Woman Kngwarreye, Emily Kame (1910 - 1996)

Utopia Station, Alhalkere, Northern Territory, Australia

Written by Dorothy Erickson, Independent Scholar

Emily Kame Kngwarreye was a leading Indigenous Australian artist. An Aboriginal woman from central Australia, she was born in 1910 on Utopia Station where she worked as a stockman and became a senior figure. "Tradition demanded reciprocal rights and obligations in all matters concerning the group or clan" ( Caruana,1999)." Nonetheless, within the communal whole, each individual had an inherited place, one that was enhanced through ritual and personal attainments"(Caruana, 1999). "[She] emerged as one of Australia's leading painters of modern times [yet] started painting in the public arena only when she was in her eighties" (Caruana, 1999). Her work became recognised nationally and internationally and is included in major public and private collections in Australia and overseas. The work is distinctive for its expressive abstract style. "Kngwarreye's prominence [was] no overnight sensation; it [founds] its roots in a lifetime of ritual and artistic activity" (Caruana, 1999), on decades of making art for private purposes, of drawing in the soft earth, of painting on "people's bodies in ritual" (Caruana, 1999) situations.

"Kngwarreye was a founding member of the Utopia Women's Batik Group which commenced operations in 1977. This communal project operated on an egalitarian basis [and] no one artist was singled out" (Caruana, 1999). "It is the early batik work [that] holds the clues to her development as a painter. The technique of batik is unforgiving; each mark, each stroke of the canting is recorded, layer upon layer" (Caruana, 1999). "The work reveals an exuberance of gesture and a sureness of hand. Here are found the elements [that recurred] in Kngwarreye's later paintings" (Caruana, 1999). "[She uses] the lexicon of marks as a springboard, constantly varying, reinterpreting and creating anew" (Caruana, 1999). "Her energetic paintings were a response to the land of her birth, Alhalkere, north of Alice Springs: the contours of the landscape, the cycles of seasons, the parched land, the flow of flooding waters and sweeping rains, the patterns of seeds and the shape of plants, and the spiritual forces which imbue the country. Kngwarreye's vision of the land was unique; her paintings challenge the way we look at art by Aboriginal Australians" (Caruana, 1999).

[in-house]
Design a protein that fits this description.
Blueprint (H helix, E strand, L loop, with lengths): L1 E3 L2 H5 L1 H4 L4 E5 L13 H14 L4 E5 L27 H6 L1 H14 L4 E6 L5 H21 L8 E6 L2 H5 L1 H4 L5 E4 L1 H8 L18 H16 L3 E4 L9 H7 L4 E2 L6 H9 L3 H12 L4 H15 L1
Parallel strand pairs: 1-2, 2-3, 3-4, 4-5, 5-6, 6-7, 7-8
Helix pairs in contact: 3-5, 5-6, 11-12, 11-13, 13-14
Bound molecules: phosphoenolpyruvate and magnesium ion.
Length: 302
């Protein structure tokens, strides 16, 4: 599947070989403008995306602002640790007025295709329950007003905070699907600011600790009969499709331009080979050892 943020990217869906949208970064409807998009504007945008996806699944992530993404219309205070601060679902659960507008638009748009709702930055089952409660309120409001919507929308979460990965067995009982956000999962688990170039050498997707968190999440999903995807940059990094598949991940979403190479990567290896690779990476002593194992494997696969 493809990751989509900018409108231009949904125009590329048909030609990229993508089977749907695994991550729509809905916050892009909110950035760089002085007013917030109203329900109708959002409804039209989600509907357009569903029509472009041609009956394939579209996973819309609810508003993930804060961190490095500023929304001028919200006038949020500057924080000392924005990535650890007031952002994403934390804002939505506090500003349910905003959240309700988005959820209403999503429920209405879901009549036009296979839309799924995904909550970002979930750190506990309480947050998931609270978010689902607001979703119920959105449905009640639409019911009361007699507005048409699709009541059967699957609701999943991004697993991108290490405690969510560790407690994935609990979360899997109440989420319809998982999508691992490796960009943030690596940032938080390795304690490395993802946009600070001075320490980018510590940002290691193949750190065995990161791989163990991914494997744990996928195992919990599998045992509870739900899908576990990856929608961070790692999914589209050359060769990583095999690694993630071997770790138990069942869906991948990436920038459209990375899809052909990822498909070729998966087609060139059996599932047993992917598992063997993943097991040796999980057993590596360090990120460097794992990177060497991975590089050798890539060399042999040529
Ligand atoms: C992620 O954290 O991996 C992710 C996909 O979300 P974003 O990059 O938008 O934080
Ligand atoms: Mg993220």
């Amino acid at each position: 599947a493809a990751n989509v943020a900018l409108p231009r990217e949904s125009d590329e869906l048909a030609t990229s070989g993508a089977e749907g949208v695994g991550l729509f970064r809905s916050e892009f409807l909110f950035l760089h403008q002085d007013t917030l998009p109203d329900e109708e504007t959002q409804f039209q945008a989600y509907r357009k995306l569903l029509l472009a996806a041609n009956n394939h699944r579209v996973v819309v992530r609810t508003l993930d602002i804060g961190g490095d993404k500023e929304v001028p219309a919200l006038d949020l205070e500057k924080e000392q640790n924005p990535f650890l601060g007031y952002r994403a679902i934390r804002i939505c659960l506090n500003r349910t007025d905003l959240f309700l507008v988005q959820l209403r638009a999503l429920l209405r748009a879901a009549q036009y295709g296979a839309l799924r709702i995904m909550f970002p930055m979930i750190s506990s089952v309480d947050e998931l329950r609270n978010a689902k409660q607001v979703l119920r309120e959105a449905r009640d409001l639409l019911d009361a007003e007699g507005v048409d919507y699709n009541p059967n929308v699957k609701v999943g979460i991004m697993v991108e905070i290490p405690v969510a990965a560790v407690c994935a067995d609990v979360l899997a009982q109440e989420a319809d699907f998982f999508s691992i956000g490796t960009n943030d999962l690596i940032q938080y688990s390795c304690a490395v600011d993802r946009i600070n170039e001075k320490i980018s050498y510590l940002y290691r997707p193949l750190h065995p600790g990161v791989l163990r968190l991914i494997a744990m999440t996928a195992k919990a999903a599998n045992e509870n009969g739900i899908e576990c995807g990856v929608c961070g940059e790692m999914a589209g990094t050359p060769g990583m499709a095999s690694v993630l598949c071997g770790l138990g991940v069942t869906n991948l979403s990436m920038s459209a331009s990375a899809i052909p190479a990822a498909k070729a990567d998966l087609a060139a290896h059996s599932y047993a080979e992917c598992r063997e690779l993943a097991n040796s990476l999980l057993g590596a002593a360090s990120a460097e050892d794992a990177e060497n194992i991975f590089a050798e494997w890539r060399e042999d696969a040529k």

"[Kngwarreye]began to attract attention partly due to the prominence gained in 1989 by the reproduction of her first canvas, Emu woman 1988-89 on the cover of The Summer Project catalogue for the exhibition at the S.H. Ervin Gallery in Sydney" (Caruana, 1999). "The work was selected as a mark of respect to the artist's seniority" (Caruana, 1999). "Suddenly, public interest in Kngwarreye's paintings created a great demand. Within a short space of time her earnings were substantial but would be, according to custom, distributed amongst kin. From this grew a level of expectation and the pressure to produce work, from family members and dealers alike" (Caruana, 1999). She had forty-eight group exhibitions in a three-year period. In 1989 she was awarded a Holmes à Court Scholarship and "in 1992 she received an Australian Artist's Creative Fellowship. Kngwarreye regarded the award as recognition of her past efforts and the means to retire; it was time to pass on the mantle of senior artist to others" (Caruana, 1999). Up until her death in 1996, however, she continued her work.

Published Resources

Online Resources

See also